Dr. Au is an anesthesiologist at Emory St. Joseph’s Hospital in Atlanta.
Credit: Johnathon Kelso for The New York Times
By Bari Weiss
March 26, 2020
Michelle Au works at Emory St. Joseph’s Hospital in Atlanta. These days she feels like she works at Chernobyl.
As an anesthesiologist, Dr. Au is responsible for one of the most dangerous parts of tending to patients with the coronavirus: intubating those who can’t breathe. The procedure, which involves snaking a tube into the patient’s trachea, is so dangerous because it brings the doctor close to the patient’s mouth, which is constantly shedding the virus. Patients sometimes exhale or cough as the tube is inserted, which aerosolizes the virus, allowing it to hang in the air for several hours.
Last week Dr. Au intubated two patients with Covid-19. “You’re aware of every moment you’re in there,” she told me. “Ten seconds. Twenty seconds. Thirty seconds. You feel radioactive.”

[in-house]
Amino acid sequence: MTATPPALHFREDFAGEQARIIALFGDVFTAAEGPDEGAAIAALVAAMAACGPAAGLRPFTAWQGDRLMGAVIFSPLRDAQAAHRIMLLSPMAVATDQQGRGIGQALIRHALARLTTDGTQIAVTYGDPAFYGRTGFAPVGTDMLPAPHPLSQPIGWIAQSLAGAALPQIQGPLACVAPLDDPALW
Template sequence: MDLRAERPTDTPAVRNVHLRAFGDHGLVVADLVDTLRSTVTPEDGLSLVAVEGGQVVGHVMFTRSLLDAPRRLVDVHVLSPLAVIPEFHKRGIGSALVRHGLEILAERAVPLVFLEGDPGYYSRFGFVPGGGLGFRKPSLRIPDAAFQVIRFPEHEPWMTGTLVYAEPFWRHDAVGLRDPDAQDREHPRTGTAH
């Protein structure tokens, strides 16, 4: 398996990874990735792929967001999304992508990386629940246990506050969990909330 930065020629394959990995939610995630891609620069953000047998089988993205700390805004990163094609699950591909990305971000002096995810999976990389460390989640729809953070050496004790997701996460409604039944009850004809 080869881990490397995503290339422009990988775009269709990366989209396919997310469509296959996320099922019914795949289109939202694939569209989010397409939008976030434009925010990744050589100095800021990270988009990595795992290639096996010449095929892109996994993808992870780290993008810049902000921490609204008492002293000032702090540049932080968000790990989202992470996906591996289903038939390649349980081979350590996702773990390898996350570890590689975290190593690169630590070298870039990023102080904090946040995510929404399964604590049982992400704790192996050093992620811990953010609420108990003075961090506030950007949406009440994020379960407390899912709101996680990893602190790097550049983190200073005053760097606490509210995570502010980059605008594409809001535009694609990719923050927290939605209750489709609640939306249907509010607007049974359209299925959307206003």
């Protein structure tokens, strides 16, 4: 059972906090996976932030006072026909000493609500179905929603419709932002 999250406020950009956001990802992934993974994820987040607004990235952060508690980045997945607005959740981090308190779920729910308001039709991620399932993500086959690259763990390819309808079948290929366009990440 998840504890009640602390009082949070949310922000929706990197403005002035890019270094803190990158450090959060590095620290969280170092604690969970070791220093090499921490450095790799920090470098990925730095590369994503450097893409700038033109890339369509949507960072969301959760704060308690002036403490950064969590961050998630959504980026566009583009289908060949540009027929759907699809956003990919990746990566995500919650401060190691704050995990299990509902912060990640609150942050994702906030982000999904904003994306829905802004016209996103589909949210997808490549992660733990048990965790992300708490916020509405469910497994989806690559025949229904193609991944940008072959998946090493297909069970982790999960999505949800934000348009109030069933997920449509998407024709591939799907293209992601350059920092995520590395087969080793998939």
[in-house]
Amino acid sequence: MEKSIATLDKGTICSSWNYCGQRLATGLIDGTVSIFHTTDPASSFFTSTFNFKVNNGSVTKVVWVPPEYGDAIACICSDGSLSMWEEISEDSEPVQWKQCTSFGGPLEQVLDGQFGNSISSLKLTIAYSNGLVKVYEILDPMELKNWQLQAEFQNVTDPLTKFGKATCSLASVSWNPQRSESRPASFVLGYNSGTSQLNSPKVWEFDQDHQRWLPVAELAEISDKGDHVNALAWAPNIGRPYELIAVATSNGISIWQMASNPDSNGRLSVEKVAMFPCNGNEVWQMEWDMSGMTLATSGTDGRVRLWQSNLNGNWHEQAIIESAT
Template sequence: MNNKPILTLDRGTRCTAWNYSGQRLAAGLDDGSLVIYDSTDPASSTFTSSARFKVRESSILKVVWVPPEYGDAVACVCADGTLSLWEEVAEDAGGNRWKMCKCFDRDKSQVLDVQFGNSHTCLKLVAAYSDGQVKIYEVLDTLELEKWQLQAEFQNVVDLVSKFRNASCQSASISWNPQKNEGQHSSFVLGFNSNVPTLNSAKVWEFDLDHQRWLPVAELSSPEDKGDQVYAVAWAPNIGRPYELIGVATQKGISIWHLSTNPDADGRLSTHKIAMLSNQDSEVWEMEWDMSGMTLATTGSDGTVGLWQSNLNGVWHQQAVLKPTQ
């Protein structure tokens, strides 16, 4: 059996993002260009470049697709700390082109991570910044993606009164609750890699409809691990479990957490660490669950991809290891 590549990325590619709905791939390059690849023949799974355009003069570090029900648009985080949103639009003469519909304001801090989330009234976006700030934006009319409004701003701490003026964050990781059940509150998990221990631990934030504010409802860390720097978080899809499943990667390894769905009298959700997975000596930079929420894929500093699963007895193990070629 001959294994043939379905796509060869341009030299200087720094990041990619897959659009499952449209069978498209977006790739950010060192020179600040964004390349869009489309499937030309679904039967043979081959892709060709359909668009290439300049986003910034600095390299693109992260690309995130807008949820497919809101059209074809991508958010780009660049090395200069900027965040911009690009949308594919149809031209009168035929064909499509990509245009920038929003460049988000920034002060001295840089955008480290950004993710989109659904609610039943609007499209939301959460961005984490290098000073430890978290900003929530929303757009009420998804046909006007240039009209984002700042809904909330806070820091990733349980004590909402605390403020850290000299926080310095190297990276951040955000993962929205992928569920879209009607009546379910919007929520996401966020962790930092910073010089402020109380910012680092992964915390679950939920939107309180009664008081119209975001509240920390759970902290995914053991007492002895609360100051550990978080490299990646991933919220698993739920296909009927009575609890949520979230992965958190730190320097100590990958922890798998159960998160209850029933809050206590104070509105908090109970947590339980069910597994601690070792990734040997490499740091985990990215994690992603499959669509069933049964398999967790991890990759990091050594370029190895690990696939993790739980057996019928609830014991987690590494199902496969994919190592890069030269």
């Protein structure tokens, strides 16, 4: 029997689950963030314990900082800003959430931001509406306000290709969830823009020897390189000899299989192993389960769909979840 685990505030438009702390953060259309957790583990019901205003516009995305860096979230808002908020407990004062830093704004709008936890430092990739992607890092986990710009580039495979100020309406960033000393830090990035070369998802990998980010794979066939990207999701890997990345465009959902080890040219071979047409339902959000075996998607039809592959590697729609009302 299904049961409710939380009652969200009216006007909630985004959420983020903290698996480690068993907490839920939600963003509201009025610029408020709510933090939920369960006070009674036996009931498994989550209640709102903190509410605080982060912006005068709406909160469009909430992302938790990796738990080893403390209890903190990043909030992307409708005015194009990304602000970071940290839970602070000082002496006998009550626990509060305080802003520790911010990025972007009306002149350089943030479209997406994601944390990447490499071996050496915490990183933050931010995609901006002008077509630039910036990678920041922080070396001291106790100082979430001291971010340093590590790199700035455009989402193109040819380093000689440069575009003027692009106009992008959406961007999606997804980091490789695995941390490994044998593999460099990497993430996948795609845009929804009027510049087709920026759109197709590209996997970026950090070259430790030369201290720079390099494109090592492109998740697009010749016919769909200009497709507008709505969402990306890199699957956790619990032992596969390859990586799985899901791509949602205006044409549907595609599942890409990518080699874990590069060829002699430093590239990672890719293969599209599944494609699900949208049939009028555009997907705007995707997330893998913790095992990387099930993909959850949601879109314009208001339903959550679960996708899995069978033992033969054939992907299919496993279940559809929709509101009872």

“Have you seen the HBO show ‘Chernobyl’?” she asked. “There are invisible risks that trail you.”
Those invisible risks — a trace of the coronavirus under a fingernail or on a strand of hair — don’t give Dr. Au nightmares just because she is worried about her own health and that of her colleagues. It’s because waiting at home she has a husband and three children.